|Maybe the most obvious use of a Fargo- Bike packing.|
Like I said, the Fargo is very similar to the El Mariachi, but there is one very important difference- The Fargo is designed for drop bar use, the El Mariachi is not. The differences are in the length of the top tube and the "reach" measurement. The Fargo also sports a longer head tube. That isn't all, but those are the salient differences for this discussion. So, the Fargo is primarily an off-road drop bar mountain bike. But that is selling this versatile platform way too short. In fact, the Fargo has been a revelatory bike for many, and a wake up call to the bicycle industry back in 2008 when it was revealed. It was like the El Mariachi, but it was so different that it was reviled by some, confused others, and raised possibilities for a few. I got the chance to be one of the first partakers of what the Fargo could do, and here is what I wrote about the bike on this blog in November of 2008:
|A quick image of the Fargo after my very first demo ride.|
Dollar for dollar this Fargo will "out-fun" any other bike I have hands down. That's been proven to me, and I'm betting it will be proven out for a lot of folks. Maybe they should have named this bike the "Fun-go".......nah! To close to fungi, I suppose!"
Fun. Adventure. Versatility. Yeah......that was true in 2008, and those words still define this bike for me today. You may say, "But it is a fat-tired mountain bike! It doesn't do what the Vaya does, or a road bike. " I would have agreed with you in 2008, but fortunately there are a lot of people that think outside of that box and proved that the Fargo could indeed do what the Vaya does and that it could be a skinnier tired, road going machine as well. I've seen Fargos with fenders and 30mm tires. I've seen Fargos with touring bags all over the bike. They have done RAGBRAI, world tours, gravel events, Tour Divide, and have been beer runners, townies, and commuter rigs. Heck, I even put 650B+ tires on one!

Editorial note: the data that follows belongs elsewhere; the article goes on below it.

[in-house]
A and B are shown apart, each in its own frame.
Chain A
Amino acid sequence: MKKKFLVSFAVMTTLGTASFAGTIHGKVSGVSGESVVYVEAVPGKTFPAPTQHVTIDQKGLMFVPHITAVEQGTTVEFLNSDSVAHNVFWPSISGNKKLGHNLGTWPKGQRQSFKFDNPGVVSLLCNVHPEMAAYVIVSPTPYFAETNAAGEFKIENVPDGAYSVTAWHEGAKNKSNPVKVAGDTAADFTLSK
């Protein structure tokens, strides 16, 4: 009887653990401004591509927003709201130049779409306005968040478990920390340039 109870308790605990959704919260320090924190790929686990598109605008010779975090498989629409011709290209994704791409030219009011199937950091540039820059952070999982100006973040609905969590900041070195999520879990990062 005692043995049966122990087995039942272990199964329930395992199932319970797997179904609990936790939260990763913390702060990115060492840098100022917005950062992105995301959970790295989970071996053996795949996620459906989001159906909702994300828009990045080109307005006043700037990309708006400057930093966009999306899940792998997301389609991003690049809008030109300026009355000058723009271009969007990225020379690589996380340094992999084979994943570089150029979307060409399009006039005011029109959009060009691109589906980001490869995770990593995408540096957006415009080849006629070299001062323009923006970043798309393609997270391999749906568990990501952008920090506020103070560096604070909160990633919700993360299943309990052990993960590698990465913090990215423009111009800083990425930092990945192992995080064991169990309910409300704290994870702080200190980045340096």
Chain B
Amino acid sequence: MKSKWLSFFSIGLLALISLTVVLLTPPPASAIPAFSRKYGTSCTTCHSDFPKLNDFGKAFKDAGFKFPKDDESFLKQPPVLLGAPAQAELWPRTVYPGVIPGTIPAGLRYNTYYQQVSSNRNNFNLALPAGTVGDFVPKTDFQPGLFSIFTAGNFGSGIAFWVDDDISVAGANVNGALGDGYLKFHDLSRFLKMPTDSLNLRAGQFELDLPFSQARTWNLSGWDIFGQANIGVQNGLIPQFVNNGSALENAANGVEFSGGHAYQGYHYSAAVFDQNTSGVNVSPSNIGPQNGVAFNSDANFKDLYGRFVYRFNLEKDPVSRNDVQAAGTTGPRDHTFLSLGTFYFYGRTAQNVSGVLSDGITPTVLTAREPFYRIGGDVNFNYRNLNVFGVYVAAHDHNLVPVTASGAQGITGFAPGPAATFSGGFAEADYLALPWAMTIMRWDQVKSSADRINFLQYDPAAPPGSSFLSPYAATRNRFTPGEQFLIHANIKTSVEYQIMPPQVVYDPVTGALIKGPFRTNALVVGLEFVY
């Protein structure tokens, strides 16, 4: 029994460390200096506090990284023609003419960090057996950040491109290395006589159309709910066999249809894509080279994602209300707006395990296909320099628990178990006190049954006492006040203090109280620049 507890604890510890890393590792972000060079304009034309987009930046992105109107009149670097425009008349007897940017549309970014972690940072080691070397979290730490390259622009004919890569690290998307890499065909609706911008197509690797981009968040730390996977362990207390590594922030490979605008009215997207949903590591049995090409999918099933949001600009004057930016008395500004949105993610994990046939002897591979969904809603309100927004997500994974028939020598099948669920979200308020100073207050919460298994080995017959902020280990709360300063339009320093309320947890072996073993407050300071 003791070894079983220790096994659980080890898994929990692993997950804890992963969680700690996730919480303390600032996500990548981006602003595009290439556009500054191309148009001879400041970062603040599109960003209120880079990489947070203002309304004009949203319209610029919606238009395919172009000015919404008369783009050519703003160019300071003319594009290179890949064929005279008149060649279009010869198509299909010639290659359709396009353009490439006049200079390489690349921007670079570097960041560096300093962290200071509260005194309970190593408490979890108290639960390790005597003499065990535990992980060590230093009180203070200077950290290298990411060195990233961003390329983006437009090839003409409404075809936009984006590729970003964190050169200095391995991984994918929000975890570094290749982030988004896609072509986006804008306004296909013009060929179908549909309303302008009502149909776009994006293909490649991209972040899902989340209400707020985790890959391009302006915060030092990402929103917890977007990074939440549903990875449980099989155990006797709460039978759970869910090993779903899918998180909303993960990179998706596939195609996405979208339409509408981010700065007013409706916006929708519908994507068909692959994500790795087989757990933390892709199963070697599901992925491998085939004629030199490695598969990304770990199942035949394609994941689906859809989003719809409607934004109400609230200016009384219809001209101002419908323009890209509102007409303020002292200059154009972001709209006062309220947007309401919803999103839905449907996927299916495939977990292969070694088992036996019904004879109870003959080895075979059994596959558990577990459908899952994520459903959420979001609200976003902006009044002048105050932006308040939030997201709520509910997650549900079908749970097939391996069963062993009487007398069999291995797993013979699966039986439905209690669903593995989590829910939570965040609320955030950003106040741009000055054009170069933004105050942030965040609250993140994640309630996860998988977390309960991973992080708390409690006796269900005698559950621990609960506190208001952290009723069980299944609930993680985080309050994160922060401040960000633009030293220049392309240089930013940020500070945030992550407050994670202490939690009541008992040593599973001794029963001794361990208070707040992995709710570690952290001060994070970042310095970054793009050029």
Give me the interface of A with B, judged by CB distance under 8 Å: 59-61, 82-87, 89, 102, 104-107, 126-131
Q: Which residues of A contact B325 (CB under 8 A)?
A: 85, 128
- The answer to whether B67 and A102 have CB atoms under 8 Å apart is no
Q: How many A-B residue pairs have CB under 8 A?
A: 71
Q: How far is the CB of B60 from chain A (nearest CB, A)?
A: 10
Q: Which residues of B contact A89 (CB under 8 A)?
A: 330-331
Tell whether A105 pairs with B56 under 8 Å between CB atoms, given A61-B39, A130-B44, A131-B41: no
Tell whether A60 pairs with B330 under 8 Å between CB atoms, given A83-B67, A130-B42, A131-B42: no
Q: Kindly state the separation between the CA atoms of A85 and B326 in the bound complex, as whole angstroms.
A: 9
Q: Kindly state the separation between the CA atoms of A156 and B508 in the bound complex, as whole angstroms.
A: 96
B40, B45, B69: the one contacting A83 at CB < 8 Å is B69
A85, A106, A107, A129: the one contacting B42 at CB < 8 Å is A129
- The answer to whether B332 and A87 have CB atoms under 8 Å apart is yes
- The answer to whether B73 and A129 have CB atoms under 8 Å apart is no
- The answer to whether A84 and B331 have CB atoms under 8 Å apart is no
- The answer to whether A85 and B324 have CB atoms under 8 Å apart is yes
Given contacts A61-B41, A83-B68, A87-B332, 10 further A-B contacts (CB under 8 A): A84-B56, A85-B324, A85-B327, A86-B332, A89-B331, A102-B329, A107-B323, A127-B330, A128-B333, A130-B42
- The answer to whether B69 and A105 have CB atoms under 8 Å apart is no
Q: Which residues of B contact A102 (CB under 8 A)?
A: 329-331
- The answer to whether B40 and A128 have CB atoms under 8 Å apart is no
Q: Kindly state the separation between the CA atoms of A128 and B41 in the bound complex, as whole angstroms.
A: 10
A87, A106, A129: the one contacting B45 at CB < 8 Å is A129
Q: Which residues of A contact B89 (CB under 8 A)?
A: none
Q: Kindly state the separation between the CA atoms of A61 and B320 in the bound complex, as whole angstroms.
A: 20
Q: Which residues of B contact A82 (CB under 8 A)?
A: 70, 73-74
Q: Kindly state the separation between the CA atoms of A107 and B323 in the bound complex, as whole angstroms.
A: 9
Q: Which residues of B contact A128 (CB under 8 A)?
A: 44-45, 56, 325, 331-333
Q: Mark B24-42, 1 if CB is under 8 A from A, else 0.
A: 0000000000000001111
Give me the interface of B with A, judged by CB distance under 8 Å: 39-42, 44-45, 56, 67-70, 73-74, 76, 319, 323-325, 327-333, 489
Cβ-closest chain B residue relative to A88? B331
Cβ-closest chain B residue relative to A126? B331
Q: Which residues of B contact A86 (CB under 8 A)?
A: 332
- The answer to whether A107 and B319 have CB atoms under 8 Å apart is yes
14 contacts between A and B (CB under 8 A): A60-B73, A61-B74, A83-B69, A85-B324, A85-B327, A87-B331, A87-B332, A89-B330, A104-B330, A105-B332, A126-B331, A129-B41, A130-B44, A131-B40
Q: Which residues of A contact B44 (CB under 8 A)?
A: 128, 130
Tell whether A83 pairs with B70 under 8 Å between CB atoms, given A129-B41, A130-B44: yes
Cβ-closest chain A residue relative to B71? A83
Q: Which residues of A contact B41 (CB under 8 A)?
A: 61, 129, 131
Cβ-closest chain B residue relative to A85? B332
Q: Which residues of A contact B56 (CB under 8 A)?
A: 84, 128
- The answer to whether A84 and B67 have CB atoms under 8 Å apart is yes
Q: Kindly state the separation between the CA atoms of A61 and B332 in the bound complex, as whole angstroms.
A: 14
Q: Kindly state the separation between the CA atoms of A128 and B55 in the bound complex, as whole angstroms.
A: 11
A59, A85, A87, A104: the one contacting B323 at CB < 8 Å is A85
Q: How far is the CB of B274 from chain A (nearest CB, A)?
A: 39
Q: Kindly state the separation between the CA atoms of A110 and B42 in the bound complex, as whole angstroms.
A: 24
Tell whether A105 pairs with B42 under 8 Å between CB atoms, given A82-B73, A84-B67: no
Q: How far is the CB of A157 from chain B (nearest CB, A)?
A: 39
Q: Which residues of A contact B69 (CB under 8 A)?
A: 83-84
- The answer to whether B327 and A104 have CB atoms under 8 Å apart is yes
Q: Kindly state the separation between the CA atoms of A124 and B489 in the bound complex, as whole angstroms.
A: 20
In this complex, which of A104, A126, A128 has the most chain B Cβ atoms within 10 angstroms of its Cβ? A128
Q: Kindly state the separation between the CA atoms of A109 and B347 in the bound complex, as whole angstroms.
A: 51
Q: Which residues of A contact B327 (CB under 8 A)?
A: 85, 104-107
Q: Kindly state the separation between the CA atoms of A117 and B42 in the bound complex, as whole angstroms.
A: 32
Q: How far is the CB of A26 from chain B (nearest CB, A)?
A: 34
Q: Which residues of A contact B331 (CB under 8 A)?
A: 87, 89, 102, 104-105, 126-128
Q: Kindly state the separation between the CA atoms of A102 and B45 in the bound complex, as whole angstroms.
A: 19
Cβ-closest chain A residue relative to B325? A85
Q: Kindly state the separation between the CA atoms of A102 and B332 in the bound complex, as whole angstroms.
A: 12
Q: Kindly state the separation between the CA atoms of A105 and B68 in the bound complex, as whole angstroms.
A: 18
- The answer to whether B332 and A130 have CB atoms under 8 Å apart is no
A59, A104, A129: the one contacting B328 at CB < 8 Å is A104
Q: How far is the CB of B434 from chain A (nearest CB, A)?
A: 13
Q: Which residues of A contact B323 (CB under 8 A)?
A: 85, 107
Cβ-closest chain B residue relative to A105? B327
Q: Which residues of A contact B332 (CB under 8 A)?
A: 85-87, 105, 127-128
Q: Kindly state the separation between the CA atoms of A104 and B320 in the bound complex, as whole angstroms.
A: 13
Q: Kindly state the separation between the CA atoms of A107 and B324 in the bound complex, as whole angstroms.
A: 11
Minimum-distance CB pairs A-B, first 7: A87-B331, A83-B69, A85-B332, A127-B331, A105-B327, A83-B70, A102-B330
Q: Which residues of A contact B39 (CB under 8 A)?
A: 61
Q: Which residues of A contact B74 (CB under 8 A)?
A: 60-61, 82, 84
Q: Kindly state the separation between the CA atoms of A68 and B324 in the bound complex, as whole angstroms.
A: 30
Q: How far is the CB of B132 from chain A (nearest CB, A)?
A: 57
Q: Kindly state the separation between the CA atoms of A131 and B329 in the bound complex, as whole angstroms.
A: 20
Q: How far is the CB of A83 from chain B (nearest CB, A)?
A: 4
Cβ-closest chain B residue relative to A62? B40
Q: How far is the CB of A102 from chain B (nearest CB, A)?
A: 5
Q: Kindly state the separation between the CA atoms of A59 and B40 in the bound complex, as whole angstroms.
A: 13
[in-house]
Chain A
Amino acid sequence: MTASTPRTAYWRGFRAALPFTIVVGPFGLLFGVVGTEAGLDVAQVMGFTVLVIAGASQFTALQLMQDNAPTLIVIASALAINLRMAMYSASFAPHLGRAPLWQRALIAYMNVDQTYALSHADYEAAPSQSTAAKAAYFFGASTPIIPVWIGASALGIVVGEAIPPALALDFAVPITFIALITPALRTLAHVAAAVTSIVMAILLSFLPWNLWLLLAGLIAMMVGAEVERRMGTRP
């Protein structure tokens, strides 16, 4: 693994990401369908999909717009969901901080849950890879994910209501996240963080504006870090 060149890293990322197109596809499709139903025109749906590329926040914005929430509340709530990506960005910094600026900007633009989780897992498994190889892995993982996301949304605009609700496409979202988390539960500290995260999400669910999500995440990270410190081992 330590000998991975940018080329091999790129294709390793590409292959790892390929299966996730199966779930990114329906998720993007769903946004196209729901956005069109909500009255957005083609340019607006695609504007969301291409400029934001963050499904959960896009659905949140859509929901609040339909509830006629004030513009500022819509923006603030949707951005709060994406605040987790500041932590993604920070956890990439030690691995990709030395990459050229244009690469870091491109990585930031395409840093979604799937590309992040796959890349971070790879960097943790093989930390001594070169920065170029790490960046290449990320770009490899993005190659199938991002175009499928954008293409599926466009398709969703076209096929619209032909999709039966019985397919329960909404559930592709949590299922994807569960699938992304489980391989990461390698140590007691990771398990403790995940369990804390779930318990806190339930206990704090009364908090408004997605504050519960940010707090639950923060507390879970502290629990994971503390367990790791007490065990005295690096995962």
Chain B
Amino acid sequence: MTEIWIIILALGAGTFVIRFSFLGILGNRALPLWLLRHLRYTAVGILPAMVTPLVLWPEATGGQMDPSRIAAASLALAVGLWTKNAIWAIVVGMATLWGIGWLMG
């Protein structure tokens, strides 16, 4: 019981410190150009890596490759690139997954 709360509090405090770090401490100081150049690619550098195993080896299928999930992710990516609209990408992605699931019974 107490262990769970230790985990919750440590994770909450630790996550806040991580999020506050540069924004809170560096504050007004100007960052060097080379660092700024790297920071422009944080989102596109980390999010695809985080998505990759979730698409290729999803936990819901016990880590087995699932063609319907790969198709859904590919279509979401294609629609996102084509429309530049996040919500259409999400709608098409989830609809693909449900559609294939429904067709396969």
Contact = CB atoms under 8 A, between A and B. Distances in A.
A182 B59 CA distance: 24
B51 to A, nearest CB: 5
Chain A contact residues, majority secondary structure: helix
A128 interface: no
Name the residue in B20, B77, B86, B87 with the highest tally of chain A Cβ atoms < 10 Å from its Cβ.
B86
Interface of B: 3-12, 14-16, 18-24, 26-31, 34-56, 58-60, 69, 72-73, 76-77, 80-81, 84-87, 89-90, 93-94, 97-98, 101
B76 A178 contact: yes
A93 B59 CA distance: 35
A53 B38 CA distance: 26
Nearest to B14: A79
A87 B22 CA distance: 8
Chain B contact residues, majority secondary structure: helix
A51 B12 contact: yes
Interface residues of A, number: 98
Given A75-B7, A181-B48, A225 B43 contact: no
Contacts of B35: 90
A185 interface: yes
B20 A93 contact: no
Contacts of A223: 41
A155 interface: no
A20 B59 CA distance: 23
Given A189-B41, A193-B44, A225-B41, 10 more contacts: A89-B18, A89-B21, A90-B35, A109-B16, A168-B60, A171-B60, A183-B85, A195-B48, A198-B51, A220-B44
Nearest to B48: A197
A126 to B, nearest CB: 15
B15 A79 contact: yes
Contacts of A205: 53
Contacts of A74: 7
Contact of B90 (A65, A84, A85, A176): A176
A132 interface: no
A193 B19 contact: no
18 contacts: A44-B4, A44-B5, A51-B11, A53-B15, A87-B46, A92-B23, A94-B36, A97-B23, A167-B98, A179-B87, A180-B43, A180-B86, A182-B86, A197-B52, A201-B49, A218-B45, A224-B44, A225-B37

Following are a few images of Fargos I have that help illustrate its versatility
|From an old Fargo Adventure Ride: Note the "alt" bar/flat bar Fargos- they don't have to be drop bar bikes.|
|Image by Jason Boucher of me riding through a field on a Fargo Adventure Ride|
|Martin's smooth tired Fargo made a great paved/gravel roller.|
|A Fargo makes a great platform for a fat tired commuter|
In fact, I am going as far to say that the Fargo has spawned other Salsa models. Certainly the Vaya can be seen in that light. However; two new models can draw a direct line back to the Fargo.
|2016 Cutthroat X-9|
The cycling masses need Fargo bikes, or bikes like the Fargo. Adventure. Fun. Versatility. That's what grows cycling, not the lightest, $10,000+ carbon fiber racing bike or mountain bike. People need a bike to utilize on roads that are desolate in terms of traffic, on bike paths, and on side roads that maybe are rough. They need to be able to ramble on that dirt and grass short cut, to gather groceries in panniers, and to be comfortable on. The Fargo can do all of that and more. Oh......and can we get safer roads and bicycle specific infrustructure while we're at it. Thank you. We need that too.
Now, there are a lot of other cool bikes in the world as well that can do some of these things, but there aren't many- if any- quite like the Fargo. It's one of my favorite bicycles.